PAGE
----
Here are the few best practices you should follow to improve the performance while working with Database.
Buffering of Data (Useful but wrong Buffering can be harmful)
Defining a table as buffered (SE11) can help in improving the performance but this has to be used with caution.
- Customizing data and Master Data should be buffered from DB to Application layer. This will help in reducing the number of hits to the database and enhance performance.
- In case of Standard master data, try using already available standard Function Modules to fetch data with buffering.
Following statements cannot be used with a buffered table. In such cases, buffer is bypassed. These are:
- ORDER BY
- GROUP BY
- Nested Queries
- JOIN Queries
Indexing ( its kind of useful if you are not creating it just for name sake , But at the same time time-consuming if its created without proper research ) Creation of Index for improving performance should not be taken without thought. Index speeds up the performance but at the same time adds two overheads namely; memory and insert/append performance.
When INDEX is created, memory is used up for storing the index and index sizes can be quite big on large transaction tables!
When inserting new entry in the table, all the indexes are updated. More index more time. More the amount of data, bigger the indices, larger the time for updating all the indices
∙ Table should not have more than 2 secondary indexes if the data class is APPL1.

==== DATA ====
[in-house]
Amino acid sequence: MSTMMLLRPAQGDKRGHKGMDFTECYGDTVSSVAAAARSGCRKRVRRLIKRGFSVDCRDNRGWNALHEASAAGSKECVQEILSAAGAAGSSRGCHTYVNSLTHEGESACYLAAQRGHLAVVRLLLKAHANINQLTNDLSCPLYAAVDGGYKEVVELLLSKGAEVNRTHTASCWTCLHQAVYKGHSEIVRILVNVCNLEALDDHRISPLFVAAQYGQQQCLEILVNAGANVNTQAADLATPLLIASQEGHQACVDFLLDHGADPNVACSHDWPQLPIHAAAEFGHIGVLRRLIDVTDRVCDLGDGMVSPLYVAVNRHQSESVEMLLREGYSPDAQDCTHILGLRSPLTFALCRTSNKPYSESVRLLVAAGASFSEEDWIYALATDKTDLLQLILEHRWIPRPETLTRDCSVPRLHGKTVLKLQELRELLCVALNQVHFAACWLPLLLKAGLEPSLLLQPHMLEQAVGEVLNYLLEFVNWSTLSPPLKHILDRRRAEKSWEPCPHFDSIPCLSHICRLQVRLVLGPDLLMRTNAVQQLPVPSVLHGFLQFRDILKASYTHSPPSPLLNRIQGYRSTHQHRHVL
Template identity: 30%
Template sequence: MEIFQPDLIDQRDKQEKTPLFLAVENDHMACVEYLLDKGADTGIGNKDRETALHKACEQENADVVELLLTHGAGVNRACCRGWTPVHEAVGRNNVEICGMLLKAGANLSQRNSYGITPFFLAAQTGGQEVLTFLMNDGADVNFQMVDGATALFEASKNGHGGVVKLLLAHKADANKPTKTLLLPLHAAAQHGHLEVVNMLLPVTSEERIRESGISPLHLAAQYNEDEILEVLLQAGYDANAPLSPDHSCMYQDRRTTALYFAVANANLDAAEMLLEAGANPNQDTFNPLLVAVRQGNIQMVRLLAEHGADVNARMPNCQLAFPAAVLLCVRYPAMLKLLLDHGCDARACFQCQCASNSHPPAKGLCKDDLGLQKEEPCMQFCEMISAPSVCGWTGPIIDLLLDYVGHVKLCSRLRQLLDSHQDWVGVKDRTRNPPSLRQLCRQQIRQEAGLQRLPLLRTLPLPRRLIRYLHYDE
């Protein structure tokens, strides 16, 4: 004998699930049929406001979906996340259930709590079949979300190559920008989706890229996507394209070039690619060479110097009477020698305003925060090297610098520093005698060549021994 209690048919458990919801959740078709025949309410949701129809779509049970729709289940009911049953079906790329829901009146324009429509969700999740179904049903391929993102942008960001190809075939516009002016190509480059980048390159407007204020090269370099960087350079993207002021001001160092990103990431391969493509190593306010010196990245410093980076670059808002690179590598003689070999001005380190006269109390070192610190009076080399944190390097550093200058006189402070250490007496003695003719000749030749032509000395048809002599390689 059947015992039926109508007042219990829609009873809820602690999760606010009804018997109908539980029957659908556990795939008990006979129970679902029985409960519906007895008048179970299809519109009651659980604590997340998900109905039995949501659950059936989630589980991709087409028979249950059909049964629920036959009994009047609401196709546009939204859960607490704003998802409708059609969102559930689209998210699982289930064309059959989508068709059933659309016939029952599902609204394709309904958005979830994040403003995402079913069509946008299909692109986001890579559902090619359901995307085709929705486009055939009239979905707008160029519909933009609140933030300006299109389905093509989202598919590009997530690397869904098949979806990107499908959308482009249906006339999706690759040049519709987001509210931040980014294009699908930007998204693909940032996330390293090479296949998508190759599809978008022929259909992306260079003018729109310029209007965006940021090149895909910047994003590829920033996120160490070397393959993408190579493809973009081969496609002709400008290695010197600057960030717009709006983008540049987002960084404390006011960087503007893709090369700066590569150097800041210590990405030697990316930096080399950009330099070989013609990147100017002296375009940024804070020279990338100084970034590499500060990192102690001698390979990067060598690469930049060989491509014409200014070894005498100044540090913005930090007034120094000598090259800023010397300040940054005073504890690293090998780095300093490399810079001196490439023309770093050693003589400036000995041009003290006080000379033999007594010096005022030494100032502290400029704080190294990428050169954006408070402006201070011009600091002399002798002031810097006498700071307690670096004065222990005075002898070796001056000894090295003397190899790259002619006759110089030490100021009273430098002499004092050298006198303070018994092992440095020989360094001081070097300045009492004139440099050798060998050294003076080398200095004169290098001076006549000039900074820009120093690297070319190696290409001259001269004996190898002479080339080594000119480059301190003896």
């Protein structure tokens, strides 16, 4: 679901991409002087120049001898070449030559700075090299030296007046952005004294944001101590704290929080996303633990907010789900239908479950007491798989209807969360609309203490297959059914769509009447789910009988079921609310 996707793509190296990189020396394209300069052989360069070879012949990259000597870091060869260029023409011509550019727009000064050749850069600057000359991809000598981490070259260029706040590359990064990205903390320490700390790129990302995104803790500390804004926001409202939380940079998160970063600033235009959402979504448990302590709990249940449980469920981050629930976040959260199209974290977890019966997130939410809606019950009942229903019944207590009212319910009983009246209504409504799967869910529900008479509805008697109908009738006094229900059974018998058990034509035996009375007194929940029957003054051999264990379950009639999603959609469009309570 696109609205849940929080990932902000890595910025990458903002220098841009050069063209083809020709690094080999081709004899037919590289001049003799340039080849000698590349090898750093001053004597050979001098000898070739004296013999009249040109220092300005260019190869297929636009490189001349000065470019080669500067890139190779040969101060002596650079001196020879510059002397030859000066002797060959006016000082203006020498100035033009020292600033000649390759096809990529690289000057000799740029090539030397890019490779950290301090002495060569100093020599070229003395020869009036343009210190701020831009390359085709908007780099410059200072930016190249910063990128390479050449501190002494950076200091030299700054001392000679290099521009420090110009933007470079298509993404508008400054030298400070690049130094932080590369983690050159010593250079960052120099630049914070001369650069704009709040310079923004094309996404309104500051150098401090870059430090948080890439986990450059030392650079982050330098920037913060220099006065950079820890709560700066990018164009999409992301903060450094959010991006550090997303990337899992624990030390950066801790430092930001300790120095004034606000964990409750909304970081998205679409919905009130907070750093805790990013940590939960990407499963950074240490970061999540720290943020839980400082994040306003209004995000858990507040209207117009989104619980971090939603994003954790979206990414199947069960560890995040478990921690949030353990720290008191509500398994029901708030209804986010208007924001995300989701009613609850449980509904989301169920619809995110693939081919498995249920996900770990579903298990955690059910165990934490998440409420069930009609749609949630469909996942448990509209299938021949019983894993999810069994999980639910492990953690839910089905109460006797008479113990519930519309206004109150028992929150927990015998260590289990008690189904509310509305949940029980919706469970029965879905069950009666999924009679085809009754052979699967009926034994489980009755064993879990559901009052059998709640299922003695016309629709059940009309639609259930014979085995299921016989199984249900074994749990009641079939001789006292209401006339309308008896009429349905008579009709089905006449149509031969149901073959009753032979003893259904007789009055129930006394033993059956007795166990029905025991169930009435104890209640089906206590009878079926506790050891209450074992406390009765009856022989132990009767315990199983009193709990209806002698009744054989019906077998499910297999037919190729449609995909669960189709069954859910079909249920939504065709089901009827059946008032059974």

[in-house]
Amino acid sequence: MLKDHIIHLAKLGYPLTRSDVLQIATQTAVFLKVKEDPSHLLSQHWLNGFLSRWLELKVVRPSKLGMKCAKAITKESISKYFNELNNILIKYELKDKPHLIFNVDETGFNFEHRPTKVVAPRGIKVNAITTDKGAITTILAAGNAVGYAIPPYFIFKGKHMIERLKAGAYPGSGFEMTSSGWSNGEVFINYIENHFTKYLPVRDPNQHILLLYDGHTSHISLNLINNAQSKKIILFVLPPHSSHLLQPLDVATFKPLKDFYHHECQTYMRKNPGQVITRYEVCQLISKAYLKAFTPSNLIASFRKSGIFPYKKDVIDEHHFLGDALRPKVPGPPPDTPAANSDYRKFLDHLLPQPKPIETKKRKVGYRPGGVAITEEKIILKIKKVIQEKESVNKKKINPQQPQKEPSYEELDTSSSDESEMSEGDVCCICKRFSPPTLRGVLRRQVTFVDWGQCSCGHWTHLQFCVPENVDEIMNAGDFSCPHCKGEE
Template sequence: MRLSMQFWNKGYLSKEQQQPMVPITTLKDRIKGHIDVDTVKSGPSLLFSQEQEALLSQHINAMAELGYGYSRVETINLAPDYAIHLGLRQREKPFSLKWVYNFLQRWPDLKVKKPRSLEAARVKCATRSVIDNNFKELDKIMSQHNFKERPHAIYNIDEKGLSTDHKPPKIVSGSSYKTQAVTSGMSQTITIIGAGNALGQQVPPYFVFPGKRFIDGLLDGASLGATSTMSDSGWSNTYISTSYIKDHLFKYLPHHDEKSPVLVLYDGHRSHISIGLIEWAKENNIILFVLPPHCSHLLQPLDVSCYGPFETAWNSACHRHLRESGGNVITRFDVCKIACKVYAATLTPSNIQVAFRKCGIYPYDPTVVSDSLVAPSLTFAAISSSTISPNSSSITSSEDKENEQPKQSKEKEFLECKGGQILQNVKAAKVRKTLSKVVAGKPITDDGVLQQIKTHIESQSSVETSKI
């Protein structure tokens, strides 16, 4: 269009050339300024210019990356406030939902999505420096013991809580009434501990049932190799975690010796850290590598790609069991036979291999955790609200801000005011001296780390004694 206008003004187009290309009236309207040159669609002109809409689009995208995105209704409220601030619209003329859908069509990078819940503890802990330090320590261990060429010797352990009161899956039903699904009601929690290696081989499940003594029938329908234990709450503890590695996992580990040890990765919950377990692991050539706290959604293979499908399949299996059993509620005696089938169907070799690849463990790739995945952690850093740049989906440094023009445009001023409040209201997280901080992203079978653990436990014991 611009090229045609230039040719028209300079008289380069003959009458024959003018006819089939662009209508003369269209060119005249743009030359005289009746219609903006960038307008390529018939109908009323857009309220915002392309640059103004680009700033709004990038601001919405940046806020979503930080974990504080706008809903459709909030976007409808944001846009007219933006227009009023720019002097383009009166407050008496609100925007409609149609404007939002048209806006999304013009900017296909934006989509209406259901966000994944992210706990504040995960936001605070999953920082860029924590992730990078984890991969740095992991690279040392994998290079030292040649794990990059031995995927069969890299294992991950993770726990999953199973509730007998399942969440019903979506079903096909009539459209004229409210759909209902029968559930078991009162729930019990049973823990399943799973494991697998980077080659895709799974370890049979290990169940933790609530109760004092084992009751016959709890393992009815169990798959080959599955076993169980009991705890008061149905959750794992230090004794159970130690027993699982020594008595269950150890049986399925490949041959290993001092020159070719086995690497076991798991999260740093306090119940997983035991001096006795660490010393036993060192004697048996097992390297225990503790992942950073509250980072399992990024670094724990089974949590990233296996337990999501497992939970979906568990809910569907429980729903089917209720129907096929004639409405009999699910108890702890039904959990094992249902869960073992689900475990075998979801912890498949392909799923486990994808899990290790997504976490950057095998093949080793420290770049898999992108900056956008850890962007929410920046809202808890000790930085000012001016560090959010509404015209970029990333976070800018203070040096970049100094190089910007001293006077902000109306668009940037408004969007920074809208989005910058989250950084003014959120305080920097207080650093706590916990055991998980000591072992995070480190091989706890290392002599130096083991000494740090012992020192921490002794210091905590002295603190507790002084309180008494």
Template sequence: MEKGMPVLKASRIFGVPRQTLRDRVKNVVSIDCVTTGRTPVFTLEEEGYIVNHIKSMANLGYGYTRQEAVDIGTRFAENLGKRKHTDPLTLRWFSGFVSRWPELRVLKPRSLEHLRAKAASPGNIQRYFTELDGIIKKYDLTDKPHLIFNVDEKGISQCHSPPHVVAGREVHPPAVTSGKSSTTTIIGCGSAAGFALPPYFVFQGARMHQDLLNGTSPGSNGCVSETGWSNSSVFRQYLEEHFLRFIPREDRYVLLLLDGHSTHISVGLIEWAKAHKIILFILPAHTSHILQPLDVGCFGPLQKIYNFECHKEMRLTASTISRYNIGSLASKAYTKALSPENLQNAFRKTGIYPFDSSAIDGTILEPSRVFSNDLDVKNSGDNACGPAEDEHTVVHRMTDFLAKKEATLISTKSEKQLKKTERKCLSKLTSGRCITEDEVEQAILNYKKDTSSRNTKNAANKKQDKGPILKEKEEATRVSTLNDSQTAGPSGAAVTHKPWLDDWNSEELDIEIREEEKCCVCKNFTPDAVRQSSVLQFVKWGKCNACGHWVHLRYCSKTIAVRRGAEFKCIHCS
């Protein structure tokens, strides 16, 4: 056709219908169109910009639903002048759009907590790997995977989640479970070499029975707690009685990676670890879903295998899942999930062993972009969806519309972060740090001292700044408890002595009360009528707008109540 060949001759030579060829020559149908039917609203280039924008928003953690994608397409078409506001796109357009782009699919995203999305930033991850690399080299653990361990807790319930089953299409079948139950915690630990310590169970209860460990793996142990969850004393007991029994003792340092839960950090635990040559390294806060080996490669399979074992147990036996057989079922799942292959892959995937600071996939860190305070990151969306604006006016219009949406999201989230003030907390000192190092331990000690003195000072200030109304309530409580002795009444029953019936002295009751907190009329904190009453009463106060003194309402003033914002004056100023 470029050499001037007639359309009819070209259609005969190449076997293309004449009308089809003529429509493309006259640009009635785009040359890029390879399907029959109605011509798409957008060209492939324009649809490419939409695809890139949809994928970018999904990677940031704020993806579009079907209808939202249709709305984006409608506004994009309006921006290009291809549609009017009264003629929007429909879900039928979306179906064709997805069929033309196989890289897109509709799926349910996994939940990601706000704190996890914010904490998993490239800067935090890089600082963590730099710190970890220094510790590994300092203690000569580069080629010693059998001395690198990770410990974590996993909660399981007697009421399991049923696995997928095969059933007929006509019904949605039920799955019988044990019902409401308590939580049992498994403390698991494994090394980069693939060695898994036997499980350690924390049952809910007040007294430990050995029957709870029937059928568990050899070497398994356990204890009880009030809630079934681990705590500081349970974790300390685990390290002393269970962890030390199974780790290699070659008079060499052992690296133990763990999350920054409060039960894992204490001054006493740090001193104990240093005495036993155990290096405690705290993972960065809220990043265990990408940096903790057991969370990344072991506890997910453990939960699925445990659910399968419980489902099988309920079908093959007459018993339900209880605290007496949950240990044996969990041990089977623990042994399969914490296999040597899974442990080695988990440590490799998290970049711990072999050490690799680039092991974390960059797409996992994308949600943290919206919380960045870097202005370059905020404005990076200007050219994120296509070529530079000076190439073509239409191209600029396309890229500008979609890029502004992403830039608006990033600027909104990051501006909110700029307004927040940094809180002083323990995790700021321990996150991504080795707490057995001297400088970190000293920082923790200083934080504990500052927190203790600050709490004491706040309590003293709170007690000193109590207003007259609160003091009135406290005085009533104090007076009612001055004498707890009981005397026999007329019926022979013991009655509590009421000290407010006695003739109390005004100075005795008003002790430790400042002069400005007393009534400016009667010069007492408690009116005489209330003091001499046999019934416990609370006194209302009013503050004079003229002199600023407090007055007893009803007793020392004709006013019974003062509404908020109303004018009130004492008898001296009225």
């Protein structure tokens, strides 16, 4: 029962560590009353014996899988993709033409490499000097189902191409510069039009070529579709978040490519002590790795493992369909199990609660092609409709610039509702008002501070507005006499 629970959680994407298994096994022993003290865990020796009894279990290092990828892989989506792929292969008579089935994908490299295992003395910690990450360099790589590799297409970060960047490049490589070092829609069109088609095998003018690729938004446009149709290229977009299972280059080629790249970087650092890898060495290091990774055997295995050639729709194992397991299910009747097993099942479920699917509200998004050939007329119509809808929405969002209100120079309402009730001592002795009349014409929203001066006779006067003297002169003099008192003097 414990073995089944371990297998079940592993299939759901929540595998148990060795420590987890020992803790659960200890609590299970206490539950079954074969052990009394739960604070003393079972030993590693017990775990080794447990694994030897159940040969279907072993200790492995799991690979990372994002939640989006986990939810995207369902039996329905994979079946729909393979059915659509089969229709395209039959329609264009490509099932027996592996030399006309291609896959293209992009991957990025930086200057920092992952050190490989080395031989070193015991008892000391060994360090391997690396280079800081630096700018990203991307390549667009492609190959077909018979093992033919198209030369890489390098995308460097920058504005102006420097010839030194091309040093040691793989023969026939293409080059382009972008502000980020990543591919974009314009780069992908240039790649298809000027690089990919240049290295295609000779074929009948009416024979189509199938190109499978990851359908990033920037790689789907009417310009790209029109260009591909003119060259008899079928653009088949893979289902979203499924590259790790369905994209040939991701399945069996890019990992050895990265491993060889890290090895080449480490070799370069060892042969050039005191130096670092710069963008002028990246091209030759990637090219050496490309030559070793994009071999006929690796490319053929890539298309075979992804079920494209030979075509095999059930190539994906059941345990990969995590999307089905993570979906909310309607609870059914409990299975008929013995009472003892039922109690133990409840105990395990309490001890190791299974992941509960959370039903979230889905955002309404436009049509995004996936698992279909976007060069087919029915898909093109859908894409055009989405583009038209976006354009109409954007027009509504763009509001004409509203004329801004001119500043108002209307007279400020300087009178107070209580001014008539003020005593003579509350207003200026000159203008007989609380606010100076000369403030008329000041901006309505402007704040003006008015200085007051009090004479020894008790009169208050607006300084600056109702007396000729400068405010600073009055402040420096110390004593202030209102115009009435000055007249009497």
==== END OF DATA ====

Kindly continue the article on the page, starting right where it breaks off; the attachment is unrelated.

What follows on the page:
∙ Table should not have more than 4 secondary indexes if the data class is APPL0.
∙ A secondary index should not have more than 4 fields.
∙ Table should not have a unique secondary index.
Use secondary index / Create secondary index if accessing a database table with non-key fields depending on the frequency of usage and volume of data accessed.
JOIN Vs. FOR ALL ENTRIES
JOINS are recommended to be used till 5 joins. If the JOIN is being made on fields which are key fields in both the tables, it reduced program overhead and increases performance.
So, if the JOIN is between two tables where the JOINING KEYS are key fields JOIN is recommended over FOR ALL ENTRIES.
Check that the internal table used in FOR ALL ENTRIES is NOT empty as this will retrieve all entries from the table
HAVING clause in a SELECT statement
In a SELECT statement, the HAVING clause allows you to specify a logical condition for the groups in a GROUP-BY clause.
Effective use of the having clause can reduce the set of data transferred from the database to the application server.
When the having clause is used, the aggregates and groups are constructed in the database instead of the application server, thereby reducing the resulting set.
For example, if application requires cumulative sales figures for a month in APJ.
Care needs to be taken while selecting a proper match
Wherever possible, fields should be specified rather than SELECT *.
SELECT * Vs. SELECT SINGLE *
If you are interested in exactly one row of a database table or view, use the SELECT SINGLE statement instead of a SELECT * statement.
SELECT SINGLE requires one communication with the database system whereas SELECT * requires two.
SELECT SINGLE Vs SELECT … UP TO 1 ROWS?
SELECT SINGLE and SELECT UP TO n ROWS return the first matching row/rows for the given condition. It may not be unique, if there are more matching rows for the given condition.